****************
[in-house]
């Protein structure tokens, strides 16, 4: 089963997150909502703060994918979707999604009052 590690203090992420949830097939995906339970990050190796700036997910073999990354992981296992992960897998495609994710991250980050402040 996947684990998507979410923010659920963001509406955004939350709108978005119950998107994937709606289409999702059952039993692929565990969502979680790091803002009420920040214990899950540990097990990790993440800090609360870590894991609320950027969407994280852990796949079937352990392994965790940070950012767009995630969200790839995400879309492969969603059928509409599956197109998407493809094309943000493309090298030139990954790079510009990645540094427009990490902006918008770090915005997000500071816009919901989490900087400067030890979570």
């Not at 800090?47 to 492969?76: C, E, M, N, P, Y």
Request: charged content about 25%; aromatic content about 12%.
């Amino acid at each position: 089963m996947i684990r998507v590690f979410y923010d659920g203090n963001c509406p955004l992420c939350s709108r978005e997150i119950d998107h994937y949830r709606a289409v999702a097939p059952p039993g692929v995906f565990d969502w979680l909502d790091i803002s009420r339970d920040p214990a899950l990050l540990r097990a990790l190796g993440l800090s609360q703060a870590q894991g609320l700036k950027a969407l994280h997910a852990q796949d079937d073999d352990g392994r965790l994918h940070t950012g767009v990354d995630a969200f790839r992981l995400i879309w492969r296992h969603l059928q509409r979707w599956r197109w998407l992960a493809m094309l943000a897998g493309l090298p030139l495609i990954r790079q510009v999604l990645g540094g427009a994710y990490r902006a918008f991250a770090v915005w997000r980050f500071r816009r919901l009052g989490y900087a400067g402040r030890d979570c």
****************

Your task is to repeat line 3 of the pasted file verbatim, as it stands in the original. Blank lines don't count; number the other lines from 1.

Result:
């Not at 800090?47 to 492969?76: C, E, M, N, P, Y």